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Christensen Brothers

By Sheryl Flatow

“Ballet west of the Mississippi is pretty much the creation of the Christensen brothers – Willam, Harold, and Lew,” wrote Arlene Croce in 1980 (“Going to the Dance,” p. 311). Separately and together, with passion and ingenuity, tenacity and perseverance, imagination and talent, the Christensen brothers helped ballet take root in this country, and their influence reverberates today.

Willam (1902-2001), as artistic director, choreographer, and teacher, transformed the fledgling San Francisco Ballet from an appendage of San Francisco Opera to an independent company, and introduced countless numbers to classical dance in San Francisco and beyond. He then went on to found the ballet department at the University of Utah – the first of its kind in the country – and to establish Ballet West. Harold (1904-1989) was a gifted teacher who directed San Francisco Ballet School for 35 years, and brought it to national prominence. Lew (1909-1984) became the first American premier danseur under the guidance of George Balanchine, and later succeeded Willam as artistic director of San Francisco Ballet, guiding the company to even greater success.  

Early Years

The brothers were born in Utah to a Mormon family, many of whom were musicians and dancers. They received their early training from their uncles, who had studied in New York with the Italian teacher Stefano Mascagno and went on to found schools in Seattle; Portland, Oregon; Salt Lake City; and Ogden, Utah. Willam, Harold, and Lew would also study with Mascagno, first when he visited Utah, and later in New York.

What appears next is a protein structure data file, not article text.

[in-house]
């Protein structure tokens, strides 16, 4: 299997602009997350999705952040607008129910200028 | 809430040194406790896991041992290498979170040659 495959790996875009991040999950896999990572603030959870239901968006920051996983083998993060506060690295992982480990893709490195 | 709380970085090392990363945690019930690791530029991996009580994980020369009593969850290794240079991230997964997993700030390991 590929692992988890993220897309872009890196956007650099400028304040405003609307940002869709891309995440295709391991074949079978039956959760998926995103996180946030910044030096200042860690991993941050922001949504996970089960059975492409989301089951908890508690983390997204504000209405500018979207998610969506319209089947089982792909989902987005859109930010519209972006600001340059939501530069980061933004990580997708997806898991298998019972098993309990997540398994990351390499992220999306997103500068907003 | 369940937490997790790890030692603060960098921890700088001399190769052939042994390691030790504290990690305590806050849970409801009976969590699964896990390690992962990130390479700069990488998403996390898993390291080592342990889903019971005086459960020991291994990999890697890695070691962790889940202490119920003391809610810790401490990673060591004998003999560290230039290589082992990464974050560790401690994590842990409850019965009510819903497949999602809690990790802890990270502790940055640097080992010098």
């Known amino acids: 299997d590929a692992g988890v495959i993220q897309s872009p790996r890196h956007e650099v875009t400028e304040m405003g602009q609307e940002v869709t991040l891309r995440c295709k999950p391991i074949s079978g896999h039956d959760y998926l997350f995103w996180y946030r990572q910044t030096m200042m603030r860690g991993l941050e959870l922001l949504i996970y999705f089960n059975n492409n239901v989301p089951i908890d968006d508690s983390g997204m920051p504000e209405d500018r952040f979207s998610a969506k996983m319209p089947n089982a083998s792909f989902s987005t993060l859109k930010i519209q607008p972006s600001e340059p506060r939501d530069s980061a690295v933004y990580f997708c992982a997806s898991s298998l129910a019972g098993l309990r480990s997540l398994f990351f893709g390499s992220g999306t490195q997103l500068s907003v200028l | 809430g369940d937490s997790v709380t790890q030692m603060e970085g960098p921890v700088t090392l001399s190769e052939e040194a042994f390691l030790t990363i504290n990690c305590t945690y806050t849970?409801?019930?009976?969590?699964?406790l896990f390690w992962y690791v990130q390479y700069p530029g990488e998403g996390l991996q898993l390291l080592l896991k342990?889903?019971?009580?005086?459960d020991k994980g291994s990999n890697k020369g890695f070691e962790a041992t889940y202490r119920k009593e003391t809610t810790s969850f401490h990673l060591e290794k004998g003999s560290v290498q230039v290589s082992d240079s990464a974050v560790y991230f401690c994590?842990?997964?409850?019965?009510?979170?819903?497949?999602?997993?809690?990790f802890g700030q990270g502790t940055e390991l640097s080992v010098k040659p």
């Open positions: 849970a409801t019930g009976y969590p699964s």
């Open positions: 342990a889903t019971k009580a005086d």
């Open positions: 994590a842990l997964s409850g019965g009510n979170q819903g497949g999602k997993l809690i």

By the time he was in his early twenties, Willam was a highly regarded teacher at the school in Ogden. He really wanted to dance ballet, not teach it, but in the early part of the twentieth century there were no professional ballet companies in the United States. So, in 1927, he and Lew hit the vaudeville circuit, and a year later they were in New York. They swiftly made it to the prestigious Orpheum circuit with an act for two couples; one of the women, Mignon Lee, would become Willam’s wife. Despite the inclusion of women, the act was really a showcase for male dancing. “Lew and I had to be virtuosos,” Willam said. “We had to turn and leap like sons-of-guns, and dance fast to keep audiences interested. Because at that time not many people knew what we were doing. Were we gymnasts? Were we acrobats? But audiences liked us.”1

In 1932, Willam and Mignon left the act. She had undiagnosed health problems, she was pregnant, and the couple needed a more stable lifestyle. They moved to Portland, where Willam ran the Christensen School and formed a small company, Portland Ballet. “That’s where I really started to choreograph,” he said. “I experimented and learned.”

Harold, who had originally chosen West Point over a ballet career, replaced Willam in the act. He had left the military academy after a year and begun to study ballet in earnest. He also showed a talent for teaching, and was put to work at both the Ogden and Seattle schools. His teaching would evolve even more after he joined Lew in vaudeville. They remained on the circuit until 1934, when they and their partners were cast to dance in a Broadway operetta, The Great Waltz. With their mornings and afternoons free, the brothers began attending the School of American Ballet, founded in January of that year by George Balanchine and Lincoln Kirstein. The education they received under Balanchine’s tutelage would later transform San Francisco Ballet School and San Francisco Ballet.

Willam visited New York in 1934, and spent a brief time studying and performing on Broadway with Michel Fokine. “I was a little stiff as a dancer when I went to Fokine, because of my Italian training,” he said. “Fokine wanted the movement to be more lyrical, more plastic, freer. He changed my whole attitude toward dance, and I taught what I learned from him.”   

Building San Francisco Ballet